Chairman's Desk

What do U.S. midterms mean for Canadian conservatives? Not much — the pathetic outing in America was unique to America

Tuesday’s midterms turned in more than a few surprising results, with some races so close they’ve yet to be finalized even as I write this. But one thing is clear: the widely anticipated “red wave” did not materialize.

In U.S. conservative circles, this outcome has already produced a range of impacts for the 2024 presidential race — not least being a divided GOP congressional caucus (replete with MAGA loyalists) and an increasingly toxic showdown between Donald Trump and Florida Gov. Ron DeSantis for the party’s presidential nomination.

For observers here in Canada, however, the lessons for our politics amount to this: not much. What happened in America was, in my view, unique to America. It was the product of a political discourse deemed toxic by essentially everyone. It was the result of politicians caring more about themselves and the messages they wanted to drive than the concerns and the needs of the people they sought to serve.

For a country with its place of power in the world and democratic traditions, it was, to be blunt, a pathetic outing.

And that’s why we have nothing to learn from what happened. It’s also why the results will not impact the course charted by our Canadian political leaders and the parties they lead as they prepare for the next federal election.

In America, the setup for the election was entirely different. Even a cursory glance at CNN or Fox News this past year would reveal that while the economy was certainly an issue, it was far from the dominant theme. Those airwaves (and virtually all others) were saturated not with talk of dollars and cents, but rather a myriad of screeching, headline-grabbing topics: abortion rights, immigration, even the very foundation of democracy itself: the integrity of elections.

But here, things are different. Not for the truism that our people and context are different but for the reason that our opposition politicians — but in particular and most effectively, Conservative Leader Pierre Poilievre — are currently focused like lasers on the hardships Canadians are facing in their daily lives and the disappointing support they have received from their government.

It is here where Poilievre’s motherlode of support is found. And let’s be clear: he understands this fact. But he also understands that the growth of this support rests on continuing to make the expression of those hardships the centrepiece of his political messaging.

So this approach is not folly, as many detractors think — it is discipline. It is a series of deliberate choices. Poilievre could sound off on some other affair of state, but he simply will not. He is secure in the knowledge that he has found his ticket, the issue that is motivating Canadian voters. And he is right.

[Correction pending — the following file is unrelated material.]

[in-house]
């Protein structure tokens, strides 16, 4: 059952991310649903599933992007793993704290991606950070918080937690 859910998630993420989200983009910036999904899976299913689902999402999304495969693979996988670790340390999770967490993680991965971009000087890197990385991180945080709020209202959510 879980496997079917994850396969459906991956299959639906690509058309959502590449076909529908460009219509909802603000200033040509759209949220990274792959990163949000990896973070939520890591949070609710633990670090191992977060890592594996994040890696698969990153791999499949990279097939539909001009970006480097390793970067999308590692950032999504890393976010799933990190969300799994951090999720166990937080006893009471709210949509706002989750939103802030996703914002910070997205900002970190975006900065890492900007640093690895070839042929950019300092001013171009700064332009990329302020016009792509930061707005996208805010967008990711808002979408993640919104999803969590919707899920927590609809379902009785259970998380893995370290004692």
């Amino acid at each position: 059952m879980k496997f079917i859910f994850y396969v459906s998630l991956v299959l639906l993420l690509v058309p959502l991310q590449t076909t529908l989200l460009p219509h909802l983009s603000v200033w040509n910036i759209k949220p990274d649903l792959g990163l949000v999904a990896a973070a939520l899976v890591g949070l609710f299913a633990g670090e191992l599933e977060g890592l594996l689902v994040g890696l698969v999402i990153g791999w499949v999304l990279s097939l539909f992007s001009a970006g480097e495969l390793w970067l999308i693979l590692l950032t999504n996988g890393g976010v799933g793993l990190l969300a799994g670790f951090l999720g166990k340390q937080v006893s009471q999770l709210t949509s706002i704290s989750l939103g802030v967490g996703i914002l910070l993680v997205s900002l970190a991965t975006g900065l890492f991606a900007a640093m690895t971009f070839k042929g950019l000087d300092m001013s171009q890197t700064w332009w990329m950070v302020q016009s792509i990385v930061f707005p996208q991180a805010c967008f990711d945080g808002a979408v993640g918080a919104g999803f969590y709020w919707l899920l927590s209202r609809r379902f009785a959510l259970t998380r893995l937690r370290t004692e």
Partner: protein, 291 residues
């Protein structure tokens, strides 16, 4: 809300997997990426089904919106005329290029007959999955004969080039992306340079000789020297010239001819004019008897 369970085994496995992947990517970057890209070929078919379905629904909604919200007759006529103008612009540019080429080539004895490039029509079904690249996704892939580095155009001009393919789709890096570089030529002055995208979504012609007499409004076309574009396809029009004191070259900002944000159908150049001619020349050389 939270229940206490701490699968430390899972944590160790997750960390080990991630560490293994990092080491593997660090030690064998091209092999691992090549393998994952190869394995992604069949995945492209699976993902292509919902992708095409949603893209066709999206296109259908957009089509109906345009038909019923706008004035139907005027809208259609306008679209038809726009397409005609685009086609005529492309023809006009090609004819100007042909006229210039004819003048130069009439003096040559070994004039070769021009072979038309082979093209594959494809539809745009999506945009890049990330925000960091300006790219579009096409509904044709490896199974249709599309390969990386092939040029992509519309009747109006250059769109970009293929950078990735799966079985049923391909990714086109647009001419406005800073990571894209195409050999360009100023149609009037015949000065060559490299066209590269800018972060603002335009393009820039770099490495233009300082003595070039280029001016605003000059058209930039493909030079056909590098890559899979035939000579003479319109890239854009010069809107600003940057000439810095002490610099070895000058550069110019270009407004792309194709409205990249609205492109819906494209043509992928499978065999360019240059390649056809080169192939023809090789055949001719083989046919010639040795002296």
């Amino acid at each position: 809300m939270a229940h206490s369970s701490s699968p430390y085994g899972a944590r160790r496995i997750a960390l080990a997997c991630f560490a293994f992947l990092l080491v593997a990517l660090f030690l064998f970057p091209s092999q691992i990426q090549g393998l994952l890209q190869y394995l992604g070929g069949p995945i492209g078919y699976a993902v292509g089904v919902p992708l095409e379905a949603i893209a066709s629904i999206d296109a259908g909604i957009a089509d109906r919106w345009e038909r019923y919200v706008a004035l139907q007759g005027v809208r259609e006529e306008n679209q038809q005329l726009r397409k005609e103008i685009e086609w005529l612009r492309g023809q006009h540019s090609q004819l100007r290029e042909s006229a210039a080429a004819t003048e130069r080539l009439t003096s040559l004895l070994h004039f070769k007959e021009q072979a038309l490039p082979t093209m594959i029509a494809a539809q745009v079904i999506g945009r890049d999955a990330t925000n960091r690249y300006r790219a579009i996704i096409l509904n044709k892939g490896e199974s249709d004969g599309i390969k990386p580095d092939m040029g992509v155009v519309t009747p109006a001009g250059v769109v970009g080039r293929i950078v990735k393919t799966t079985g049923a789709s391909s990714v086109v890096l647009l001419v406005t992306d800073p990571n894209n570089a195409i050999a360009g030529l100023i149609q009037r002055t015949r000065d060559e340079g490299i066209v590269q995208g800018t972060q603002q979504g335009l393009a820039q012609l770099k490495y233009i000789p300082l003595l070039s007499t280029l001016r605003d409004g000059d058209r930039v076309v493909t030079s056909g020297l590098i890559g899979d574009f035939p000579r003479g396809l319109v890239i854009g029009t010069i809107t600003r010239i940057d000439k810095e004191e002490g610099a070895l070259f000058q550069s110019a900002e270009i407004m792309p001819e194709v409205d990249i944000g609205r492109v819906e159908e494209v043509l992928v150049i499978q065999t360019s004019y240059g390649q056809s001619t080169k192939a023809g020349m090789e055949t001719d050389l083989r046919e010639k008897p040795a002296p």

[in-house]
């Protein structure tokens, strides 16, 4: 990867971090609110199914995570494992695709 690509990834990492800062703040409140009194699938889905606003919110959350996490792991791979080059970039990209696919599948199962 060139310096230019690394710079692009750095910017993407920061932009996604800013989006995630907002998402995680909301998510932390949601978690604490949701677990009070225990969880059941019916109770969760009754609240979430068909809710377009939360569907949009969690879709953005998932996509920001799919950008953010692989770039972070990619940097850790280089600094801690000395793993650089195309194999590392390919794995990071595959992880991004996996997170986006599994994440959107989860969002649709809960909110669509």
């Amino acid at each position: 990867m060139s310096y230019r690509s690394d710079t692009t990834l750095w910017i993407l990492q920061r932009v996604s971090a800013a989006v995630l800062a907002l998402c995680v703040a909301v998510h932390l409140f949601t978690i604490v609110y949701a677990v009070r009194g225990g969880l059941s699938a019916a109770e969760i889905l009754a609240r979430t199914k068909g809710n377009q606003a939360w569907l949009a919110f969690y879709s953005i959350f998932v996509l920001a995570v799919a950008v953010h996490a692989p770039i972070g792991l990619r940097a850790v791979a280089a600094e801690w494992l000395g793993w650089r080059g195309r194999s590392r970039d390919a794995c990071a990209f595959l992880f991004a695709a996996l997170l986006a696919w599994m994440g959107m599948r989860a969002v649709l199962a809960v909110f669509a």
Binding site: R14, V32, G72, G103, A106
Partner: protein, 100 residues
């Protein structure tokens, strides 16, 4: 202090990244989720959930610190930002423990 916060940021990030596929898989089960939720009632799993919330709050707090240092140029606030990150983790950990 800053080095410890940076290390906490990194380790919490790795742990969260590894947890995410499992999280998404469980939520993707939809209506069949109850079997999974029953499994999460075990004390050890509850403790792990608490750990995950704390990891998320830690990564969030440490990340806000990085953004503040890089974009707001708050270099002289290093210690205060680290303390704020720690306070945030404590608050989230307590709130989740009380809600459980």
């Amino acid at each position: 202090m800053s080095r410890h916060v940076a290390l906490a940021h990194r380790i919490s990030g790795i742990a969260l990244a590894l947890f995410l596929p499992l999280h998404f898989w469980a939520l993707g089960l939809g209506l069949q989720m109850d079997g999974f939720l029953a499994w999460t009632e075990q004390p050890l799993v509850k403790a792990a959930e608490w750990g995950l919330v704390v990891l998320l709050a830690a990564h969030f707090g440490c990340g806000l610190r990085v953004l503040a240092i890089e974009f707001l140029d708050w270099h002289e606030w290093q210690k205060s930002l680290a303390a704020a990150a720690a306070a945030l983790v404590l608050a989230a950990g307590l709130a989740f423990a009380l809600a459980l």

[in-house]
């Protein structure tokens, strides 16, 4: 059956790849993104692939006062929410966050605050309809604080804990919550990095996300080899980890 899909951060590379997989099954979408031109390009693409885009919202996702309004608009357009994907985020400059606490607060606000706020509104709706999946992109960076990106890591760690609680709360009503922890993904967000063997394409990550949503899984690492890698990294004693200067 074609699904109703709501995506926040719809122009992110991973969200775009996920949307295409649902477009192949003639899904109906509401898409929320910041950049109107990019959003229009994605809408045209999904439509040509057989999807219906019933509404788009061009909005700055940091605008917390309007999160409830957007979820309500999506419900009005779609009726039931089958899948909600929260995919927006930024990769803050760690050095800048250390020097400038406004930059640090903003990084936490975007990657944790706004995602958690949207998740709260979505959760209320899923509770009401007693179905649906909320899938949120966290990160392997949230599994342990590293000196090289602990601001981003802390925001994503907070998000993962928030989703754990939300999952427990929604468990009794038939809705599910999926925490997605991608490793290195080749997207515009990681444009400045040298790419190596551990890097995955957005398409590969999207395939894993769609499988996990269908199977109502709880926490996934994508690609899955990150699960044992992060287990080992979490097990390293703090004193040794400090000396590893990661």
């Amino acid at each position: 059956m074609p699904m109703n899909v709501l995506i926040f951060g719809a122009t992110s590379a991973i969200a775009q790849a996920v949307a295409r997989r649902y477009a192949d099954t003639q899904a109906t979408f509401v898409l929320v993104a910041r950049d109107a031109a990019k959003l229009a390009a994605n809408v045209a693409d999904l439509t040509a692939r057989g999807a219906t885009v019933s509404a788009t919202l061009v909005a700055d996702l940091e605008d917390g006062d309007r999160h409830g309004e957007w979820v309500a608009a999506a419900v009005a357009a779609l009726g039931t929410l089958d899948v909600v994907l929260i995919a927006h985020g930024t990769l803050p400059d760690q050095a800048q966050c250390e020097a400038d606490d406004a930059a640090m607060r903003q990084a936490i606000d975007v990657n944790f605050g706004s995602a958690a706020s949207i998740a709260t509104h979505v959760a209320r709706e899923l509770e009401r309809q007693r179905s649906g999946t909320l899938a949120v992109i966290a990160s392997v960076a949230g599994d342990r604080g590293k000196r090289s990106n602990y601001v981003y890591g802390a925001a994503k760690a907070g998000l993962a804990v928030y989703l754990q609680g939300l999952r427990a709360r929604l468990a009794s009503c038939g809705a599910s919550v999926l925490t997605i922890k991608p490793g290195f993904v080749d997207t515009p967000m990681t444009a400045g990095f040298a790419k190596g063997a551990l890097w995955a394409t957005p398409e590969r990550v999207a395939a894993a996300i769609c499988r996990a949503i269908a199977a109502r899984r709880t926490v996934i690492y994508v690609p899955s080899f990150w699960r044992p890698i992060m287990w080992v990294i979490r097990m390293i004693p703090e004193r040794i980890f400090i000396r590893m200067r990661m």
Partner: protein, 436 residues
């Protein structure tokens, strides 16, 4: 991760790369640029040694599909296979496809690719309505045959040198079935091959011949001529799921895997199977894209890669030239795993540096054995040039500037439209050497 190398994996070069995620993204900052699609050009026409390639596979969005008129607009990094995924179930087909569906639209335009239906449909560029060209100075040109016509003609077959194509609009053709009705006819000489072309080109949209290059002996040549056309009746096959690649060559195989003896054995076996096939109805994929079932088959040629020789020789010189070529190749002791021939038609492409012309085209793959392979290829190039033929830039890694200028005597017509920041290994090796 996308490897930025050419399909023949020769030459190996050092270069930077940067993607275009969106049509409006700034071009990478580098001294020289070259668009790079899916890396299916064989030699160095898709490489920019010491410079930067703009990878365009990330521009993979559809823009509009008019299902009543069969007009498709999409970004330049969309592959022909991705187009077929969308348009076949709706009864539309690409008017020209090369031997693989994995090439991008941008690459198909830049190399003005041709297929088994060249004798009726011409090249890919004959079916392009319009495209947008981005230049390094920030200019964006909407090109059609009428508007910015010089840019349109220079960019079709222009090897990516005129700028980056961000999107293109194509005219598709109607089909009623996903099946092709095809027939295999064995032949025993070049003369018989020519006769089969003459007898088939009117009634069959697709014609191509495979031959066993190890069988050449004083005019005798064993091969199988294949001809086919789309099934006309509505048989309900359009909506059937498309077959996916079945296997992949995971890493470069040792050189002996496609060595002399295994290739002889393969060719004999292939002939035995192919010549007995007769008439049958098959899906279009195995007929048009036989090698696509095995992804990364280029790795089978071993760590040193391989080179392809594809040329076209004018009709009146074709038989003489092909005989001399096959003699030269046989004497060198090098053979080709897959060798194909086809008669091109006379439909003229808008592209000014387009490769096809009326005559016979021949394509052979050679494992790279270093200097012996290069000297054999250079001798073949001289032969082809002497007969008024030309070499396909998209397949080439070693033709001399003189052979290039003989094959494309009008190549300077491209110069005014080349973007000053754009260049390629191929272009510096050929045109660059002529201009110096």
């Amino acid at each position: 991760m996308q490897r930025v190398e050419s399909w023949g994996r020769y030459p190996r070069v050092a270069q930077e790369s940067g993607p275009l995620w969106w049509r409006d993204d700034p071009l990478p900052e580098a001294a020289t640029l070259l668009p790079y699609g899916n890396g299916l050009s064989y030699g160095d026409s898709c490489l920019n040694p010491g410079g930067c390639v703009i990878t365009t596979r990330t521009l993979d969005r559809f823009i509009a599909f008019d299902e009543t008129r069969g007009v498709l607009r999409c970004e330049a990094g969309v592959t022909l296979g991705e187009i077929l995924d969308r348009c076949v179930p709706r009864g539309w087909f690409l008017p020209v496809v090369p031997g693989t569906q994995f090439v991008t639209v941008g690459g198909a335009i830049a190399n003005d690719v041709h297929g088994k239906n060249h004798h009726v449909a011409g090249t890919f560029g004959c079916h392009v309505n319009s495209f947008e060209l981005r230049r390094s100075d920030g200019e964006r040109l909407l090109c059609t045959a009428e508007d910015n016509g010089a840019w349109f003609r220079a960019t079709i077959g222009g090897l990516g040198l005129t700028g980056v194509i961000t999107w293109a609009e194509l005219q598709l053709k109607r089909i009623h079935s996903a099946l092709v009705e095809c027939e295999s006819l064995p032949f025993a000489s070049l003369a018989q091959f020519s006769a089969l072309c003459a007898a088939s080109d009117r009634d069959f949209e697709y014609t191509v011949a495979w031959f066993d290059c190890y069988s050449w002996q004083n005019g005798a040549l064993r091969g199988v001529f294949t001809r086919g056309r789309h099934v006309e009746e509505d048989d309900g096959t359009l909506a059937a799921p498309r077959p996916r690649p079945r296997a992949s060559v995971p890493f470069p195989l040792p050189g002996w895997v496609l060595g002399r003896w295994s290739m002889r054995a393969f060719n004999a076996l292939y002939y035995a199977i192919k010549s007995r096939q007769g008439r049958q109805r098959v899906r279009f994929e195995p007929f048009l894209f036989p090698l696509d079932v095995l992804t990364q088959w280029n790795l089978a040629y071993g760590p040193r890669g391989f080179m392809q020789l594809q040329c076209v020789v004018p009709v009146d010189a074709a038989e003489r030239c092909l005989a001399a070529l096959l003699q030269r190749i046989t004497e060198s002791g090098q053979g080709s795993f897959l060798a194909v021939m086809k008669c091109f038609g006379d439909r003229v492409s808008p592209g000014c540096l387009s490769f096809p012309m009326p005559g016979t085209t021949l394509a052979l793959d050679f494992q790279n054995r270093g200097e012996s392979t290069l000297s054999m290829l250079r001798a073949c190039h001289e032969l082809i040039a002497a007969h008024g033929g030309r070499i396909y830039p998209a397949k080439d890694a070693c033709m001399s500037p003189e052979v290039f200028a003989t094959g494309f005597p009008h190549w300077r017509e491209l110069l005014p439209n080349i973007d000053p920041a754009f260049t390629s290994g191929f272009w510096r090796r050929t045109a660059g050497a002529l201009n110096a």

A lot can happen between now and 2025, when the next Canadian federal election is scheduled — a U.S. presidential election, for one thing. But it is now a virtual certainty that today’s economic pain, whether at the individual or macro level, will not abate.

But back to the midterms. Those elections cannot properly be read as a blow to populism. They can, and should, be read as a blow to politicians who focus on the wrong priorities. And this holds true across the political spectrum and across our border.

In the U.S., there is a relatively new term making the rounds amongst political strategists, led by its most prominent advocate, the data scientist and consultant David Shor. It’s that of “popularism” and it essentially holds that, in competitive elections, message discipline is the central ingredient for success — candidates should speak almost exclusively about what’s on voters’ minds, and shut up about what’s not.

The power of this idea rests not simply in its insistence to focus solely on what polls, canvassers and other sources of opinion confirm are the most salient issues, but also in its not-so-polite suggestion to shut up about what people don’t care about. It’s this latter insight, and the ability of the candidate and campaign to execute with flawless precision, that may be the most useful insight.

Poilievre has shown that he can convince Canadians that his priorities are the same as their own. If he can remain expressly on this path — ignoring all the friendly advice to meander or divert — and continue to stay focused on what matters to Canadians, then he will have a better-than-expected chance of winning the next election.

This article first appeared in the Toronto Star on November 13, 2022.

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